• Monetary impacts are still being assessed, however, preliminary estimates from the risk assessor Eqecat indicate that insured losses from the first two storms could top $2 billion. New York City's estimate for snow removal is $1 million per inch; the city received 10 inches during the February 10th event and 20.9 inches during the February 25-26th event. The cost in loss of productivity when the US government closes is $100 million per day; it was shut down for 4 1/2 days. Preliminary estimates from the transportation industry include at least $55 million in lost passenger revenue for 2 major airlines and $18 million in snow removal costs and lost revenue at the Washington Metropolitan Area Transit Authority.
  • For more information, please go to the Northeast Regional Climate Center Home Page.
  • Midwest Region: (Information provided by the Midwest Regional Climate Center)
  • February temperatures were below normal for most of the Midwest. Only northern Michigan and northeast Wisconsin had above normal temperatures, up to 3 degrees F (2 degrees C) warmer than normal. Southern Michigan, southern and western Wisconsin, and northeast Minnesota were near normal and the rest of the Midwest was below normal. The largest negative temperature departures were in Kentucky, Iowa, and northern Missouri with departures of 7 to 10 degrees F (4 to 6 degrees C) below normal. December-February temperature departures followed the same pattern with slightly smaller departures from normal. The seasonal temperature departures ranged from +2 degrees F (+1 degrees C) in upper Michigan to -7 degrees F (-4 degrees C) in southwest Iowa.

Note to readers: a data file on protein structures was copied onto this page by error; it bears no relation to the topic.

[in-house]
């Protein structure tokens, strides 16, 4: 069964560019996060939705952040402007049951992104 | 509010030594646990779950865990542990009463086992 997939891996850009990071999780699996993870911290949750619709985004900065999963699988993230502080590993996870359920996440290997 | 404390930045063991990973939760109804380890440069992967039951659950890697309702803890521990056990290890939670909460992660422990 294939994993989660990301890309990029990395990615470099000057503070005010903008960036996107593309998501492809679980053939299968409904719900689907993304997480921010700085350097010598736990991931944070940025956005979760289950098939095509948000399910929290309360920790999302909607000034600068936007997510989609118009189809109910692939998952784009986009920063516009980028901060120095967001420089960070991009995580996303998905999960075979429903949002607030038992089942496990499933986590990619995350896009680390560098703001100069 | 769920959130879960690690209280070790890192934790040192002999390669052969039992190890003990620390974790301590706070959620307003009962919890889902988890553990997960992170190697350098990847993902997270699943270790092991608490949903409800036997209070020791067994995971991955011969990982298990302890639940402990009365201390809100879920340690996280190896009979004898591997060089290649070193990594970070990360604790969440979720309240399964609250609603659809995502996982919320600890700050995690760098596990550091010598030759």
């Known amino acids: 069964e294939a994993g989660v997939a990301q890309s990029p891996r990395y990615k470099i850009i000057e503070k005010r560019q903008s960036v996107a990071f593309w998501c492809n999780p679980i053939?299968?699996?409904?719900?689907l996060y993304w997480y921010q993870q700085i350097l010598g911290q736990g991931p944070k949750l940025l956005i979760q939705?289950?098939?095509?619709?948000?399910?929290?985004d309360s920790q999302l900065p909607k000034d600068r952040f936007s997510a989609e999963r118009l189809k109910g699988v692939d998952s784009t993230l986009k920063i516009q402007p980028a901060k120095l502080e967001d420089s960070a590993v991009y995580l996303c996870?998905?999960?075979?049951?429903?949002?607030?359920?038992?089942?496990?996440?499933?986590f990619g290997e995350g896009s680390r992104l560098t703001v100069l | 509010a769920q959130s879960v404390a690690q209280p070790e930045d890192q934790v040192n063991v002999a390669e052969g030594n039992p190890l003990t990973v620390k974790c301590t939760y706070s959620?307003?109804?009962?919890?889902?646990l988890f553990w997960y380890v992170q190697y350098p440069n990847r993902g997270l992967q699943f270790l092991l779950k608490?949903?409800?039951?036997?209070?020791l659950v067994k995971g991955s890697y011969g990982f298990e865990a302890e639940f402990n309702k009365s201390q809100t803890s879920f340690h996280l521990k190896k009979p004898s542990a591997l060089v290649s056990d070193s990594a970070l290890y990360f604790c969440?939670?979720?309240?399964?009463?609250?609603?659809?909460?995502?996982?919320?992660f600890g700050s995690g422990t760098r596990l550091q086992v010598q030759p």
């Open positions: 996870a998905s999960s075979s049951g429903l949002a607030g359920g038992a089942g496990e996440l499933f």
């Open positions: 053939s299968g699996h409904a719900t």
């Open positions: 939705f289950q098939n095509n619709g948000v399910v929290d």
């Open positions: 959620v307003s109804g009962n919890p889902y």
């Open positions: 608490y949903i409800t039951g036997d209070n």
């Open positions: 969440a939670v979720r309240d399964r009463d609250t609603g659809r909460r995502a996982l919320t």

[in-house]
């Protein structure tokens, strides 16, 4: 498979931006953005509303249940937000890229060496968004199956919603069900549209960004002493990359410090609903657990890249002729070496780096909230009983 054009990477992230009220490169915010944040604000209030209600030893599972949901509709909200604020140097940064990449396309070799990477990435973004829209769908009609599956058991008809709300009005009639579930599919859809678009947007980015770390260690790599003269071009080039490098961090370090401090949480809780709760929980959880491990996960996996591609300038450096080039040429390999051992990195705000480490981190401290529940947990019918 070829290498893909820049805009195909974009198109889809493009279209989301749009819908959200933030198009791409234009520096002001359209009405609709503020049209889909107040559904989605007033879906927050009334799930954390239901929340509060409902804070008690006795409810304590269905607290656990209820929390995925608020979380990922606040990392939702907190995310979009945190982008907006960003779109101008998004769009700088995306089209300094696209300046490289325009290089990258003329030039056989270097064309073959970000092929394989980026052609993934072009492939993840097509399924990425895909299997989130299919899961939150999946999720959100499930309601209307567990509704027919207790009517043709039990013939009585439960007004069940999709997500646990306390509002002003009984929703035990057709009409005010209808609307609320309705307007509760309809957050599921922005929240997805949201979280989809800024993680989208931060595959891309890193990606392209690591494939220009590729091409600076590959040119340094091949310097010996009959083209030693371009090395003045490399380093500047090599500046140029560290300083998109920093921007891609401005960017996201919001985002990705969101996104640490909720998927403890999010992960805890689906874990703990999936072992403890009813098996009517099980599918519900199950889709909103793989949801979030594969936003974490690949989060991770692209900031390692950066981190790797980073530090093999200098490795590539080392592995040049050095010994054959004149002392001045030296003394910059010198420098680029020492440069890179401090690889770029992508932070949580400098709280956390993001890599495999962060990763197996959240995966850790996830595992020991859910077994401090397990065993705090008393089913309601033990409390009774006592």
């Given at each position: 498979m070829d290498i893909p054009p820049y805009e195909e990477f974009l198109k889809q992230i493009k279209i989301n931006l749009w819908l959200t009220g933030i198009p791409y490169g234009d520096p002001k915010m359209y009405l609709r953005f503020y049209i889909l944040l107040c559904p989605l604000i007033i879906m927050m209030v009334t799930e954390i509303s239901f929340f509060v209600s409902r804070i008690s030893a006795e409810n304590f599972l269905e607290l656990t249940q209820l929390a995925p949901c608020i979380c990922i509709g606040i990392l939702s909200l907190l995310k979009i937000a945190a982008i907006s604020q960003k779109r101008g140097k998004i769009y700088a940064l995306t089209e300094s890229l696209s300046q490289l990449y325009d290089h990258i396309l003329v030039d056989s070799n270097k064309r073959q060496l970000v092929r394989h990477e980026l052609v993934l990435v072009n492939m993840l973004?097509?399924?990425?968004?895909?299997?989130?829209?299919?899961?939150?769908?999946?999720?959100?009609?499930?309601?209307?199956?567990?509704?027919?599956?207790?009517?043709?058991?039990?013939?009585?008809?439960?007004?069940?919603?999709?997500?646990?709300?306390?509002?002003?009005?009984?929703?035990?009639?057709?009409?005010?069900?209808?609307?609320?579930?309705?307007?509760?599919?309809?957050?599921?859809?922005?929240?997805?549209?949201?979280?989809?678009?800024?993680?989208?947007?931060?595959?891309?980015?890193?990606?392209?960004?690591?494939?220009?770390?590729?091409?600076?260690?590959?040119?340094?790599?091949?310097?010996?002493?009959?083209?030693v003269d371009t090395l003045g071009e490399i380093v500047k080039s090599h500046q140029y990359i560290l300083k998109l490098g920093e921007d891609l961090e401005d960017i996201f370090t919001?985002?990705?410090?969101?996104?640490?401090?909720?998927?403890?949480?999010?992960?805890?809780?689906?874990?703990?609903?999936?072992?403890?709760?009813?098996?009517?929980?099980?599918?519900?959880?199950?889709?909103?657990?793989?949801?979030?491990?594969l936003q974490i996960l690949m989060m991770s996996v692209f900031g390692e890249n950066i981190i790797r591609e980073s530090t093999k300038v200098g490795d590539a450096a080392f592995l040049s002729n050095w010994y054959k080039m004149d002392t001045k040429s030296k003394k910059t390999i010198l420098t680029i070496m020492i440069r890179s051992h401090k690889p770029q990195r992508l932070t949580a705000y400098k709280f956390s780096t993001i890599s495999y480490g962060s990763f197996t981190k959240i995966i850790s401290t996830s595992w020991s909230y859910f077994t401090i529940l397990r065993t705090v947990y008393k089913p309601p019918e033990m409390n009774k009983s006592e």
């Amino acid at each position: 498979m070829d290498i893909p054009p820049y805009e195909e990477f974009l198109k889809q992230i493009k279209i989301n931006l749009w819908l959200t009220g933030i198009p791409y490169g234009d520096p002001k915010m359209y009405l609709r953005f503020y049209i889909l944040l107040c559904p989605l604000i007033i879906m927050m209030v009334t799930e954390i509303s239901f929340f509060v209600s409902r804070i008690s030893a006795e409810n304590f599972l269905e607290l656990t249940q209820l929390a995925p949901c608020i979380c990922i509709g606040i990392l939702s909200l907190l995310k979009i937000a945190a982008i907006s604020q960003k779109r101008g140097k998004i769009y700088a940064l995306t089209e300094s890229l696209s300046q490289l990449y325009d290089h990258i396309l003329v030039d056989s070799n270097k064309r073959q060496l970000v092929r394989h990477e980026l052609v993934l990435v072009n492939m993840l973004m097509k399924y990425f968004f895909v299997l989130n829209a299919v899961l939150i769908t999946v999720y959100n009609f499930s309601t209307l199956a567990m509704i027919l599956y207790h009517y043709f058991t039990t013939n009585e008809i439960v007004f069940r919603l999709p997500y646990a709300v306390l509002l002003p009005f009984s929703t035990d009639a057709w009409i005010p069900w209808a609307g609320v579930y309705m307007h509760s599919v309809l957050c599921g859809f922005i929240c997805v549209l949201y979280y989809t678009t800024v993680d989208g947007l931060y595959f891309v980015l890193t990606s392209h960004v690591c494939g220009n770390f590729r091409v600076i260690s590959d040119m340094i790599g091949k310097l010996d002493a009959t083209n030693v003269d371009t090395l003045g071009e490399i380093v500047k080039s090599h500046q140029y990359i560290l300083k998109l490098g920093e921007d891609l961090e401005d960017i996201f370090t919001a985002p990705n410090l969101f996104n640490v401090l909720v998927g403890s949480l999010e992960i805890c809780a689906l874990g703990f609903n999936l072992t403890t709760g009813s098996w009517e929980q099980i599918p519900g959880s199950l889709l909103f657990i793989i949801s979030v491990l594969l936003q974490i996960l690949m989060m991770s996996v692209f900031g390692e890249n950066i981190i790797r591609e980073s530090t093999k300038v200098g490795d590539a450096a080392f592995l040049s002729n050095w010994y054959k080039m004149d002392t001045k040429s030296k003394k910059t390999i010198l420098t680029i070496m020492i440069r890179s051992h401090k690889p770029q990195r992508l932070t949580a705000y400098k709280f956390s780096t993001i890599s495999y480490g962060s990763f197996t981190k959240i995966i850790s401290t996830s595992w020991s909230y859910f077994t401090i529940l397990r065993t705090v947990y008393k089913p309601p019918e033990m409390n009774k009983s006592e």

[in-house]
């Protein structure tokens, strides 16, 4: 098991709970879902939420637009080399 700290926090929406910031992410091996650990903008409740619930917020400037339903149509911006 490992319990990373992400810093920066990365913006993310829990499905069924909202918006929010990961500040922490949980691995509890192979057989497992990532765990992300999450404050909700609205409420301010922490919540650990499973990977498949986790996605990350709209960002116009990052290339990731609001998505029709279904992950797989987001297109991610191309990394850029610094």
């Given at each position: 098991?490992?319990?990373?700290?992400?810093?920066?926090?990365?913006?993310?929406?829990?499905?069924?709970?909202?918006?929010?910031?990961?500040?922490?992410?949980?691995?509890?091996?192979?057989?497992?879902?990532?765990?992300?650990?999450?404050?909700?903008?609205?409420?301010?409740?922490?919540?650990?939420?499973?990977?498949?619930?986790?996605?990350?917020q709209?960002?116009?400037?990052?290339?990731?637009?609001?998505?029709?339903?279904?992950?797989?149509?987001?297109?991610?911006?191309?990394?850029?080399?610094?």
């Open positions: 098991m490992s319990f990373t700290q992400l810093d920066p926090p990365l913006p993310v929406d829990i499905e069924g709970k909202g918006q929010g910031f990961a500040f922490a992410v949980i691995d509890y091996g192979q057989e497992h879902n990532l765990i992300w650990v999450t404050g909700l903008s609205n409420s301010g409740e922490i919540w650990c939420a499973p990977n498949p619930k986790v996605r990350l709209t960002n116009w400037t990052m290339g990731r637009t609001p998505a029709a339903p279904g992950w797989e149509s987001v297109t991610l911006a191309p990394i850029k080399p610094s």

• February precipitation was generally drier than normal in the Midwest. Only parts of northwest Iowa and west central Minnesota received more 150 percent of normal precipitation. Western Kentucky, northern Lower Michigan, northwest Wisconsin, and northeast Minnesota received less than half their normal precipitation. Because nearly all February precipitation was in the form of snow, snowfall totals were well above normal for southern Minnesota, Iowa, eastern Kentucky, and Ohio. Statewide Iowa snowfall ranked as the sixth snowiest in 123 years. Monthly snowfall records were set in Kentucky (Jackson) and Ohio (Cincinnati, Columbus, Youngstown, Akron/Canton, and Mansfield). Seasonal precipitation was above normal in the northwest Midwest with some locations in Iowa and Minnesota receiving more than twice the normal amounts. Snowfall totals for the season ranged from well above to well below normal. Waterloo and Des Moines, Iowa recorded record winter seasonal snowfall. In northern Michigan, seasonal snowfall totals were as much as 30 to 50 inches (75 to 125 cm) below normal.
  • Extensive snow packs in Minnesota, Iowa, and Ohio have raised concerns for potential spring flooding on the Red River, Missouri River, Mississippi River, and Ohio River along with their tributaries.
  • For details on the weather and climate events of the Midwest, see the weekly summaries in the MRCC Midwest Climate Watch page.
  • Southeast Region: (Information provided by the Southeast Regional Climate Center)